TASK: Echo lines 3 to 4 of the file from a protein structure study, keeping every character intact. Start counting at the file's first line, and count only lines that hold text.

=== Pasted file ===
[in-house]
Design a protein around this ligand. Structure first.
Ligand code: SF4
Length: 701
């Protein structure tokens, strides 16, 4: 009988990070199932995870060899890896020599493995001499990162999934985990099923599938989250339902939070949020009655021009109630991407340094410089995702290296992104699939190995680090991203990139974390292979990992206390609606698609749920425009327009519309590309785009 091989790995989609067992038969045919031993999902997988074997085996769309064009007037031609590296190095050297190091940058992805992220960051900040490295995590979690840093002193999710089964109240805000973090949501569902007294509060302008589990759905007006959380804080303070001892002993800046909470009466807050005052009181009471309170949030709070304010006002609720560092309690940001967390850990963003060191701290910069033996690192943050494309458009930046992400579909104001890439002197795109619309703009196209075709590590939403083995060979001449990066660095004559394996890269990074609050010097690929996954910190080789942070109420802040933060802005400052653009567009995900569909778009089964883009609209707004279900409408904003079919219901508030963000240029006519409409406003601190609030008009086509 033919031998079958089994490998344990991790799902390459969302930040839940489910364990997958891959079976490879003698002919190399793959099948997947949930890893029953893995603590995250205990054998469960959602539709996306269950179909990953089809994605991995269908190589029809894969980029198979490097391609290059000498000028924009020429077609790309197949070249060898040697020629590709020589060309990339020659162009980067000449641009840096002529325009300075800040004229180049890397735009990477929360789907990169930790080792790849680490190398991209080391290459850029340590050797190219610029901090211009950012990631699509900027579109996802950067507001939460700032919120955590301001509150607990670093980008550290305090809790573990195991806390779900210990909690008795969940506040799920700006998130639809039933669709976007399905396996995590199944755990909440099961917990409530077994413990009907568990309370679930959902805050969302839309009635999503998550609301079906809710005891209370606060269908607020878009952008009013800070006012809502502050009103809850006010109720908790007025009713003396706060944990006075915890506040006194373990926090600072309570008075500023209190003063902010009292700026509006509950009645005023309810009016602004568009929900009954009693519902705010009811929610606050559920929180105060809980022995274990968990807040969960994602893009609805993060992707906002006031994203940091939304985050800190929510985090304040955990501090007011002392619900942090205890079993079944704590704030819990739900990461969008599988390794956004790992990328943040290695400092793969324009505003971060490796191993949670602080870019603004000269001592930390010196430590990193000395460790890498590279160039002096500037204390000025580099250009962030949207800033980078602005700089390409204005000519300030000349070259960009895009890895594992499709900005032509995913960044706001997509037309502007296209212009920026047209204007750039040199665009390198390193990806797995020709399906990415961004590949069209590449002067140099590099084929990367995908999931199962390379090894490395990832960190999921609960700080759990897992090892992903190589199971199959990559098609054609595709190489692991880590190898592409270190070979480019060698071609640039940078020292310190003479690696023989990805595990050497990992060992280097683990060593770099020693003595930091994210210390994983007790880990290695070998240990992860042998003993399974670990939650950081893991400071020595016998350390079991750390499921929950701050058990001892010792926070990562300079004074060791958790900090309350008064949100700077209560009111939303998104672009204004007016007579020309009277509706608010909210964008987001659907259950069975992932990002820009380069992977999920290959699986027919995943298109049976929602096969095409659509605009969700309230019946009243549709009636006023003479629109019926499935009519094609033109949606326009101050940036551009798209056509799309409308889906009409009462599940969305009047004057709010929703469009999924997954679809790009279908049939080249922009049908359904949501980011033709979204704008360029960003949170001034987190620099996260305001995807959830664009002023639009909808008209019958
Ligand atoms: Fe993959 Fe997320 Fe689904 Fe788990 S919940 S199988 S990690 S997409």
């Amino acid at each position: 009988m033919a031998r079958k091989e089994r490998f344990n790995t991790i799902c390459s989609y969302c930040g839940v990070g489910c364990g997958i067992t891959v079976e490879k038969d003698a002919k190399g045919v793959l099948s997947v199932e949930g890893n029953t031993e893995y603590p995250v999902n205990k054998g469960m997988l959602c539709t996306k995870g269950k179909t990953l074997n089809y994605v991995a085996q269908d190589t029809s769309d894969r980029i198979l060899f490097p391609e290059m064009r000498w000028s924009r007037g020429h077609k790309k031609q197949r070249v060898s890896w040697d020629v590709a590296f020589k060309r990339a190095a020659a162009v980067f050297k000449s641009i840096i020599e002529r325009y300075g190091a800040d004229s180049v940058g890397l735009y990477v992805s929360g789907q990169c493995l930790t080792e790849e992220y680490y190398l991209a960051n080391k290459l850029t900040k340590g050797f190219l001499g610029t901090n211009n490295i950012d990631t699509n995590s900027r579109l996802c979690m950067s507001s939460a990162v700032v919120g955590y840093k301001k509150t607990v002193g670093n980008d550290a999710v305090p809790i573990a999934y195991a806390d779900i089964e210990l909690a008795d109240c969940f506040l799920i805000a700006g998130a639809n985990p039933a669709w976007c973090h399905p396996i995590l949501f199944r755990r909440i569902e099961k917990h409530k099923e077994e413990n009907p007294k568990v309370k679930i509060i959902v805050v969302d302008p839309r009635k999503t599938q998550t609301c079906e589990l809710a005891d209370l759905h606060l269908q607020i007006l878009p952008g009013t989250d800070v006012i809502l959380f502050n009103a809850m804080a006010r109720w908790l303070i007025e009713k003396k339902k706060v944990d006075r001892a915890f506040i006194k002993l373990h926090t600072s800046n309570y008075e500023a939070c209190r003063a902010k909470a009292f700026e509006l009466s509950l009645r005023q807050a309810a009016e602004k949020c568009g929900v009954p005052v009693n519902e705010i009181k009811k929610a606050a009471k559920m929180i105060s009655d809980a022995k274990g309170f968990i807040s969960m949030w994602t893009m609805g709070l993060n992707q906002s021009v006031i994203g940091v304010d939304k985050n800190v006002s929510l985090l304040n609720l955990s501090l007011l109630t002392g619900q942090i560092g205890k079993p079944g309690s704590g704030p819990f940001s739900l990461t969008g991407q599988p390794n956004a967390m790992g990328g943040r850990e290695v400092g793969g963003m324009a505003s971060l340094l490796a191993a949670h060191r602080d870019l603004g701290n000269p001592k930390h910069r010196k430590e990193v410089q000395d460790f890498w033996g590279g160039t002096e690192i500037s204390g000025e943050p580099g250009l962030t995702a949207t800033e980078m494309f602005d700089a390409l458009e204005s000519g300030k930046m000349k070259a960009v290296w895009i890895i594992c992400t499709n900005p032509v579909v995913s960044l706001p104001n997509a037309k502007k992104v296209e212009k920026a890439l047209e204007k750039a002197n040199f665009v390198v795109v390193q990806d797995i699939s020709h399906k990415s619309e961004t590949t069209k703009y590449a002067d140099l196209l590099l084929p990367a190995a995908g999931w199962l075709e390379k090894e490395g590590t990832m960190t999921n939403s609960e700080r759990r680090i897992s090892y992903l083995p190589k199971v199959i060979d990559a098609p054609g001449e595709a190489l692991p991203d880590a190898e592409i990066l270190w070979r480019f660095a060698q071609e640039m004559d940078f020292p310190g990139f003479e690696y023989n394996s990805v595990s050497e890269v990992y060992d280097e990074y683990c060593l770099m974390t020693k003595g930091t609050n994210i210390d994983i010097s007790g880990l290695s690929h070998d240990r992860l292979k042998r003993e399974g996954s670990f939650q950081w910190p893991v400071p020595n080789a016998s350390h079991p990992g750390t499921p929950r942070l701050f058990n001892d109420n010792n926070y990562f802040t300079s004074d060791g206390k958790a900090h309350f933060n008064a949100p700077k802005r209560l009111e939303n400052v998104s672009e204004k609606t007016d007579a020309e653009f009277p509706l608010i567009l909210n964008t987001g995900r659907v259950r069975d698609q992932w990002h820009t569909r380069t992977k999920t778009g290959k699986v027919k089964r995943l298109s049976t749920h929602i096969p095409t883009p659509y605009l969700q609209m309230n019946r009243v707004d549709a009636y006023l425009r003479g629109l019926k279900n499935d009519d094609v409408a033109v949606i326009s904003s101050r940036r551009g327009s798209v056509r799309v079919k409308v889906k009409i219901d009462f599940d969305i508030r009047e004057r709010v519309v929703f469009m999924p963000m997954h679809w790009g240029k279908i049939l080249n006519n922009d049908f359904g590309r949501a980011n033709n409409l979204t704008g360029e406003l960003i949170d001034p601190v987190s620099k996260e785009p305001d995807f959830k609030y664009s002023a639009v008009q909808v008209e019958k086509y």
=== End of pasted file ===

Ligand code: SF4
Length: 701